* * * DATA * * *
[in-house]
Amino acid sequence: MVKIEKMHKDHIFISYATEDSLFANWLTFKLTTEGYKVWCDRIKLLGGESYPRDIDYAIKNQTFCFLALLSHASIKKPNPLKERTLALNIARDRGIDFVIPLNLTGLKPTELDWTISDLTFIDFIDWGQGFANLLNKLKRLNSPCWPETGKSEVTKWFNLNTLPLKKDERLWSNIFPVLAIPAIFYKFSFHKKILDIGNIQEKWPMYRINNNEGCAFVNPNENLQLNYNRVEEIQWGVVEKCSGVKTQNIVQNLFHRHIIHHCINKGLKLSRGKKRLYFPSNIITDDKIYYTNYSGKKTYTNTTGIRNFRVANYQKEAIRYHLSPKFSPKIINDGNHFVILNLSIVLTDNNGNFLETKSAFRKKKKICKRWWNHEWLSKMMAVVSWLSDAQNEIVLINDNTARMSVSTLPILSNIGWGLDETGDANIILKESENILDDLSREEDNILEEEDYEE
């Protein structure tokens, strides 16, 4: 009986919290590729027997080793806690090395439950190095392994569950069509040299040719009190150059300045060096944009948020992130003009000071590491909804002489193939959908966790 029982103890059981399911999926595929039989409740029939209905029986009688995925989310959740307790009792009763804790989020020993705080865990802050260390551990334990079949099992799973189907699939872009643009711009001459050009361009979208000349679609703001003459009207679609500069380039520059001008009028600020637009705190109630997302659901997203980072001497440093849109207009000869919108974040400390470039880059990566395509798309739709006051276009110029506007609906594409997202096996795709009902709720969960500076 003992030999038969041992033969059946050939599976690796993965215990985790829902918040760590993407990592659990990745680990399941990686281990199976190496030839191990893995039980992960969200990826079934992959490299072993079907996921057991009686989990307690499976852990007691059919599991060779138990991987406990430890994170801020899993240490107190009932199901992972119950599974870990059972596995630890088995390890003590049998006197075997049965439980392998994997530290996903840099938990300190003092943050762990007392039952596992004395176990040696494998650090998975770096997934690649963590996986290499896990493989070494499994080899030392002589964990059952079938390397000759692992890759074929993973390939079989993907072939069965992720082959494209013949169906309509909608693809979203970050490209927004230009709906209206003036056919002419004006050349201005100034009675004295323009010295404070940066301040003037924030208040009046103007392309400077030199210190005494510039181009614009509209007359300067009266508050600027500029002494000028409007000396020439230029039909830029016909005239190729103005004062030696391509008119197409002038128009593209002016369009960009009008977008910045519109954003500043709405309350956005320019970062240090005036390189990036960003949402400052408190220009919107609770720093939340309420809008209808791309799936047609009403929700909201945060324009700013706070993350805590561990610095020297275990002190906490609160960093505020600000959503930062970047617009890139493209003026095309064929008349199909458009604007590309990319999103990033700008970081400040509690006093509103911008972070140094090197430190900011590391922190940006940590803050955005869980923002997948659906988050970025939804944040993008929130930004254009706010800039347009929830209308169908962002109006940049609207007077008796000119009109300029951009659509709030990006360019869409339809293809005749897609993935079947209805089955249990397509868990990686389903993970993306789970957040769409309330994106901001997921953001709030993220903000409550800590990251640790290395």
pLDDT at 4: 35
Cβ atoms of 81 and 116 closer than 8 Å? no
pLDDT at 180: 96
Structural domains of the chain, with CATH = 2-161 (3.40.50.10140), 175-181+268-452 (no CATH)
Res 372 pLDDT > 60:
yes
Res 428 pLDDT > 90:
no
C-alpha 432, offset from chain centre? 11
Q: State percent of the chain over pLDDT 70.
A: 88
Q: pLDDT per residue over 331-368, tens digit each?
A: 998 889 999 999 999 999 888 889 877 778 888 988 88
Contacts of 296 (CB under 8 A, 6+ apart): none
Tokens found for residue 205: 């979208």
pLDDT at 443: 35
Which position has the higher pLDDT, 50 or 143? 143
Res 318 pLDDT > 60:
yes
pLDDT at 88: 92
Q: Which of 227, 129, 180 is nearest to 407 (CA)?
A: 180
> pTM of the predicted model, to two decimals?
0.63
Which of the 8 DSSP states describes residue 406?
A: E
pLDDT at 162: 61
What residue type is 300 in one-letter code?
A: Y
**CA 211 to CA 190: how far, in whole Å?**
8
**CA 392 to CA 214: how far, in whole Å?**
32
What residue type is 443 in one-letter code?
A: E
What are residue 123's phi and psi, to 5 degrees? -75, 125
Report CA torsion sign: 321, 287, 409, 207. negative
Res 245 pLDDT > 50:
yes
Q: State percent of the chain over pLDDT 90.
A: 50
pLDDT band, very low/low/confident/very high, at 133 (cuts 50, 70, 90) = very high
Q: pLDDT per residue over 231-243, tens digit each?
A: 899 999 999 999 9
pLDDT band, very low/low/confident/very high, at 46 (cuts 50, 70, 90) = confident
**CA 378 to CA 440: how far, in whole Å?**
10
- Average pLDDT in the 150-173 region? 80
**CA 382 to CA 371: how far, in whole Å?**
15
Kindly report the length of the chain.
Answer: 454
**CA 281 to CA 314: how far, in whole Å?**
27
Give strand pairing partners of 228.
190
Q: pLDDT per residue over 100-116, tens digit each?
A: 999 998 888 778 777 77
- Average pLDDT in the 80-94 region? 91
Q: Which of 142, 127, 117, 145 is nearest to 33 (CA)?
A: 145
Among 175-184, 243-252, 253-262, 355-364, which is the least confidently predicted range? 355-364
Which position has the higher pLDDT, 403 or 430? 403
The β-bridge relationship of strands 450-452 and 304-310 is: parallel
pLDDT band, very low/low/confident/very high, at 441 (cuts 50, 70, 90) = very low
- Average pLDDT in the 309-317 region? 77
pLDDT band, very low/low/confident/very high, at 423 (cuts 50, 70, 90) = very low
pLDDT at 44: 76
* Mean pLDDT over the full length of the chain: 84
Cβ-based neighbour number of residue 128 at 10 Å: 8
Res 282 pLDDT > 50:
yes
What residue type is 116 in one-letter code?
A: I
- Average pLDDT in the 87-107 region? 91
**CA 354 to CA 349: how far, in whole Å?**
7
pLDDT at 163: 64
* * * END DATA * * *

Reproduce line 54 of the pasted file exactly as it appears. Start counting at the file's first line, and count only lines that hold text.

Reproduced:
Kindly report the length of the chain.